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Administration has released the draft National Fish, Wildlife and Plants Climate Adaptation Strategy, available for public review and comment through March 5, 2012, The strategy is a collaboration of federal, state, and tribal partners Online Webinar Jan. 26 1-2:30 EST [Register] or Feb. 14 1-2:30 EST [Register]; Public Review Strategy document; Strategy Fact Sheet ; 2010 USGCRP Global Climate Change Impacts in the United States Report


WASHINGTON – In partnership with state, tribal, and federal agency partners, the Obama Administration today released the first draft national strategy to help decision makers and resource managers prepare for and help reduce the impacts of climate change on species, ecosystems, and the people and economies that depend on them.

The draft National Fish, Wildlife and Plants Climate Adaptation Strategy, available for public review and comment through March 5, 2012, can be found on the web at www.wildlifeadaptationstrategy.gov

The strategy represents a draft framework for unified action to safeguard fish, wildlife and plants, as well as the important benefits and services the natural world provides the nation every day, including jobs, food, clean water, clean air, building materials, storm protection, and recreation.

“The impacts of climate change are already here and those who manage our landscapes are already dealing with them,” said Deputy Secretary of the Interior David J. Hayes. “The reality is that rising sea levels, warmer temperatures, loss of sea ice and changing precipitation patterns – trends scientists have definitively connected to climate change – are already affecting the species we care about, the services we value, and the places we call home. A national strategy will help us prepare and adapt.”

Congress called for a national, government-wide strategy in 2010, directing the President’s Council on Environmental Quality and the Department of the Interior to develop it. CEQ and Interior responded by assembling an unprecedented partnership of federal, state and tribal fish and wildlife conservation agencies to draft the strategy. More than 100 diverse researchers and managers from across the country participated in the drafting for the partnership.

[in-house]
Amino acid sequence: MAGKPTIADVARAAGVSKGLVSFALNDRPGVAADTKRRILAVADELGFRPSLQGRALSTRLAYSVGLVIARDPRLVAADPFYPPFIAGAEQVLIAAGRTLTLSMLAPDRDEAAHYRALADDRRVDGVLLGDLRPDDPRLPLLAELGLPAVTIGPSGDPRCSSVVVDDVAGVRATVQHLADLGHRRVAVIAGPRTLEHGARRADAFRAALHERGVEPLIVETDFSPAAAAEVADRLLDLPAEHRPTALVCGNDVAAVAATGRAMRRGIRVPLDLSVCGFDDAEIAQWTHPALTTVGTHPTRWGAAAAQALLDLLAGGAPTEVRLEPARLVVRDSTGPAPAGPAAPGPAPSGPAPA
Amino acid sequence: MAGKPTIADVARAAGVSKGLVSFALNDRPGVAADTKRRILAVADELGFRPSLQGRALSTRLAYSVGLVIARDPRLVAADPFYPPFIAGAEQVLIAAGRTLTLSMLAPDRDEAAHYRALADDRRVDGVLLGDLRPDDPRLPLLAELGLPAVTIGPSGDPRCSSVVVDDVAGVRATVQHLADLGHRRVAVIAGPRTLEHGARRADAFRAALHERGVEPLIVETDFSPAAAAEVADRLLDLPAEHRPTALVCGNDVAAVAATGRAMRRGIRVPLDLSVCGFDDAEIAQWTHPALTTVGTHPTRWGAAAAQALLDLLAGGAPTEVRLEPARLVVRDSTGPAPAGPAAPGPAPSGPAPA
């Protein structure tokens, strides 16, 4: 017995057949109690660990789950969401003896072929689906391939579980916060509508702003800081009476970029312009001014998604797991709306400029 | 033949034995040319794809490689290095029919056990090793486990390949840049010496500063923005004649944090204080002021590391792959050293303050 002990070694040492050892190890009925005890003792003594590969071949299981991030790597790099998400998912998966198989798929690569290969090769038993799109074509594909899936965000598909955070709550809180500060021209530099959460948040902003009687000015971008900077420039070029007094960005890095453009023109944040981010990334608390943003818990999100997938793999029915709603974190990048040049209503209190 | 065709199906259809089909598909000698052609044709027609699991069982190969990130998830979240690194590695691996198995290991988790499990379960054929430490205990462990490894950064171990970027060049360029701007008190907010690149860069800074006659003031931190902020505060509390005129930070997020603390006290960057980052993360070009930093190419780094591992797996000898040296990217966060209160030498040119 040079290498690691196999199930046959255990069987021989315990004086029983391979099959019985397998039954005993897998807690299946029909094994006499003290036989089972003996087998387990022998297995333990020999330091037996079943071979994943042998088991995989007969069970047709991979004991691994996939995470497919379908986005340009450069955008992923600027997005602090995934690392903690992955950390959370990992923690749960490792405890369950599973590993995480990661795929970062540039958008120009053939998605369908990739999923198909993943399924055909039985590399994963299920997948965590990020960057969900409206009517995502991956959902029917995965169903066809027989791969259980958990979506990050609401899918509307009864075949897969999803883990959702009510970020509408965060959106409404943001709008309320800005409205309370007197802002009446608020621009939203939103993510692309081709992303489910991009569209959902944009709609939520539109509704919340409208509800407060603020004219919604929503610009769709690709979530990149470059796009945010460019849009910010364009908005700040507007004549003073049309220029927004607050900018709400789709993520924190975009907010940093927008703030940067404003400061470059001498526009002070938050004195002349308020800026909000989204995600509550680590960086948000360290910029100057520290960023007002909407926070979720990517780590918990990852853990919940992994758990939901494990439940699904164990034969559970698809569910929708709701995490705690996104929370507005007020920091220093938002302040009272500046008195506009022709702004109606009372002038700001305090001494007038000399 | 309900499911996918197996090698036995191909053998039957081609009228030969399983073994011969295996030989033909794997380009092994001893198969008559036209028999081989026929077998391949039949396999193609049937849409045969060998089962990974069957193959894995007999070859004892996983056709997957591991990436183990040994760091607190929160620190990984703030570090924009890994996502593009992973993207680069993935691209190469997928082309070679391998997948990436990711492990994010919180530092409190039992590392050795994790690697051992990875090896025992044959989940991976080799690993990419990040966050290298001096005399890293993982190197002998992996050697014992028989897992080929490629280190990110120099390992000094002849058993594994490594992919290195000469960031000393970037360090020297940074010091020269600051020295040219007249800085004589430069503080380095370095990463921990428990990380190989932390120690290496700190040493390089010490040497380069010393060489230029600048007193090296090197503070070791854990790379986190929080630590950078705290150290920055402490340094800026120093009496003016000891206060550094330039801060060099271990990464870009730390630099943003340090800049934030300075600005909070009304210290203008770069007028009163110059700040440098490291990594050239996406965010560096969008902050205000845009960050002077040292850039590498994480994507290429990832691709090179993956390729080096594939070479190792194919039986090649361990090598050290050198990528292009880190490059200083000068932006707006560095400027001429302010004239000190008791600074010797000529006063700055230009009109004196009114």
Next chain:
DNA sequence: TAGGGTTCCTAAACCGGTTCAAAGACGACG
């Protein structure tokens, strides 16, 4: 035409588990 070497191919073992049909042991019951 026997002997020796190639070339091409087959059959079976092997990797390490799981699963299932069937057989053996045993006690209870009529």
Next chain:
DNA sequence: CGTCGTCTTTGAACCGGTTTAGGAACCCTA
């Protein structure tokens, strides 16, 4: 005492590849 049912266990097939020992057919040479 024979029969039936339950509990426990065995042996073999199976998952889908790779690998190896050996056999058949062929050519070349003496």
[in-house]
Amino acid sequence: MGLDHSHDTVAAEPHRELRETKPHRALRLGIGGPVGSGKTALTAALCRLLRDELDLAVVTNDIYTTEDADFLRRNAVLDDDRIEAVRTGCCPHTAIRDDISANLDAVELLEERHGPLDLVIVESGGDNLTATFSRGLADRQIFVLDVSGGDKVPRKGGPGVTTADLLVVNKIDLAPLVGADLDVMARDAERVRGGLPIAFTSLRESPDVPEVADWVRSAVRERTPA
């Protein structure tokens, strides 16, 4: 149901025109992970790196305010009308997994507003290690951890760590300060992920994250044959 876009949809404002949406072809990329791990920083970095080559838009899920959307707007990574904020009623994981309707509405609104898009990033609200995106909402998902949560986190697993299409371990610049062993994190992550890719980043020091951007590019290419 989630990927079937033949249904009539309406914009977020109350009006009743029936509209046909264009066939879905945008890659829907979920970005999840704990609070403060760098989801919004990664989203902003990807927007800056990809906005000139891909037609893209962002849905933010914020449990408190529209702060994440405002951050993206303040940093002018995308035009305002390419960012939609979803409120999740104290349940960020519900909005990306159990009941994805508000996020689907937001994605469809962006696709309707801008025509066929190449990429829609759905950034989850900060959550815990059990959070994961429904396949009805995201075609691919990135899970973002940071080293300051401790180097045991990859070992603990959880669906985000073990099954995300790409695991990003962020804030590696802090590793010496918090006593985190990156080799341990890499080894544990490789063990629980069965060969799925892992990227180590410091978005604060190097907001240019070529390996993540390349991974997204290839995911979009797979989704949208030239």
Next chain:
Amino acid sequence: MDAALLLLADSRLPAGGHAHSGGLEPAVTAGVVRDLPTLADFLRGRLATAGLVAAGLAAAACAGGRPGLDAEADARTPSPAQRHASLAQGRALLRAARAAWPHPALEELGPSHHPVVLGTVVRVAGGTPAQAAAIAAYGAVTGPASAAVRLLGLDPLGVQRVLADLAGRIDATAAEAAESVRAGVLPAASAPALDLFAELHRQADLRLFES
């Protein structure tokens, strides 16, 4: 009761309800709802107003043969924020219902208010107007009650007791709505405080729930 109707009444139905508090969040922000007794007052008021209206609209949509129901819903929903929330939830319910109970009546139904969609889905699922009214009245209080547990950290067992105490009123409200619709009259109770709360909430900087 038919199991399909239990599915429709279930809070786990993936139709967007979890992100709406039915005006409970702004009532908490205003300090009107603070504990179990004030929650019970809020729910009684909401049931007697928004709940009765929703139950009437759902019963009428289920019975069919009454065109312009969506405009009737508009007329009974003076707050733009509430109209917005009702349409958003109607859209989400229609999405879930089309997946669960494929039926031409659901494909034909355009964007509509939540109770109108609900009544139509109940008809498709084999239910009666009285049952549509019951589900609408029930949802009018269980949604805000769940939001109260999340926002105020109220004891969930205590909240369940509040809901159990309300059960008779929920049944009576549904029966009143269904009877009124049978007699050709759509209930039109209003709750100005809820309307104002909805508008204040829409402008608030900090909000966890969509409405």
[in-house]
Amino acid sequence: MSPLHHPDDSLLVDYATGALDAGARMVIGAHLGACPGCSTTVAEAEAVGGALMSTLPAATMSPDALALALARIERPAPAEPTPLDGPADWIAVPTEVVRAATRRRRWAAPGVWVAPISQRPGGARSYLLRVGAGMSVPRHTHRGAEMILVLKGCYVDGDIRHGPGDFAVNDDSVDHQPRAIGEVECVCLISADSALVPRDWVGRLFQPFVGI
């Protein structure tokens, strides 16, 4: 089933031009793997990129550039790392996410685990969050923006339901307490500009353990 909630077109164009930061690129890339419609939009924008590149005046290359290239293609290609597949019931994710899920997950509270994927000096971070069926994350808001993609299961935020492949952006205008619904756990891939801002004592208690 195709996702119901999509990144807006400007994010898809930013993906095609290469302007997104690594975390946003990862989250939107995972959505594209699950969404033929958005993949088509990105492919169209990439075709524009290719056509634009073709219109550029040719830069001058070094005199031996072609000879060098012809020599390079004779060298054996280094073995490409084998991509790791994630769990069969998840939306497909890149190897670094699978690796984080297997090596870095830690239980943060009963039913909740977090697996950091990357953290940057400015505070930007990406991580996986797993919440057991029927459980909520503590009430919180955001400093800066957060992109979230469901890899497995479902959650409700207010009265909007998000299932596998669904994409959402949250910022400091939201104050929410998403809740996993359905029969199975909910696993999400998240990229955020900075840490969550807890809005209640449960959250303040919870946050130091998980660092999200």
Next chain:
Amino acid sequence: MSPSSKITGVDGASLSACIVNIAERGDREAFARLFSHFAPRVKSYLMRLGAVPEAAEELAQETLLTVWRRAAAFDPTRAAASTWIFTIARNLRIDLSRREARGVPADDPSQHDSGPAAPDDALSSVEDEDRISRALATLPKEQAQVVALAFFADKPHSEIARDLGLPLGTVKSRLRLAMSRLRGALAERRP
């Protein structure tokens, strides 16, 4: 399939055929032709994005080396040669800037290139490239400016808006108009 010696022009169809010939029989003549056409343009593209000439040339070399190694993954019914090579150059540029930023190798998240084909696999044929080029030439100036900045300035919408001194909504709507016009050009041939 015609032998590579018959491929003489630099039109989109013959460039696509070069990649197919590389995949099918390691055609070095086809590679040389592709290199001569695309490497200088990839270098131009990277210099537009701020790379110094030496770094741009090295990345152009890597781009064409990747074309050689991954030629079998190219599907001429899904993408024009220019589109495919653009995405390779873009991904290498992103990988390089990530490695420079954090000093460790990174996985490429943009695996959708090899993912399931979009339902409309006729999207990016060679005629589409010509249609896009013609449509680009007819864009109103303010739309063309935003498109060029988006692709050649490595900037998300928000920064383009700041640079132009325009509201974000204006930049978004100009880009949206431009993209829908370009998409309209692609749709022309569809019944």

The partnership is co-led by Interior’s U.S. Fish and Wildlife Service, the Department of Commerce’s National Oceanic and Atmospheric Administration, and the New York State Department of Environmental Conservation, representing state fish and wildlife agencies.

The strategy will guide the nation’s efforts during the next five years to respond to current and future climate change impacts such as changing species distributions and migration patterns, the spread of wildlife diseases and invasive species, the inundation of coastal habitats with rising sea levels, and changes in freshwater availability with shifting precipitation and habitat types. The strategy does not prescribe mandatory activities that agencies must take nor suggest regulatory actions; rather, it provides a roadmap for decision makers and resource managers to use in considering climate change implications to their ongoing wildlife and habitat management activities.

Elements of the draft strategy include:

•Descriptions of current and projected impacts of climate change on the eight major ecosystems of the United States, the fish, wildlife and plant species those ecosystems support and the vital ecosystem services they provide;
•Goals, strategies, and actions to reduce the vulnerability and increase the resilience of fish, wildlife, plants and the communities that depend on them in the face of climate change;
•Collaborative strategies and actions that agriculture, energy, transportation and other sectors can take to promote adaptation of fish, wildlife and plants, and utilize the adaptive benefits of natural resources in their climate adaptation efforts; and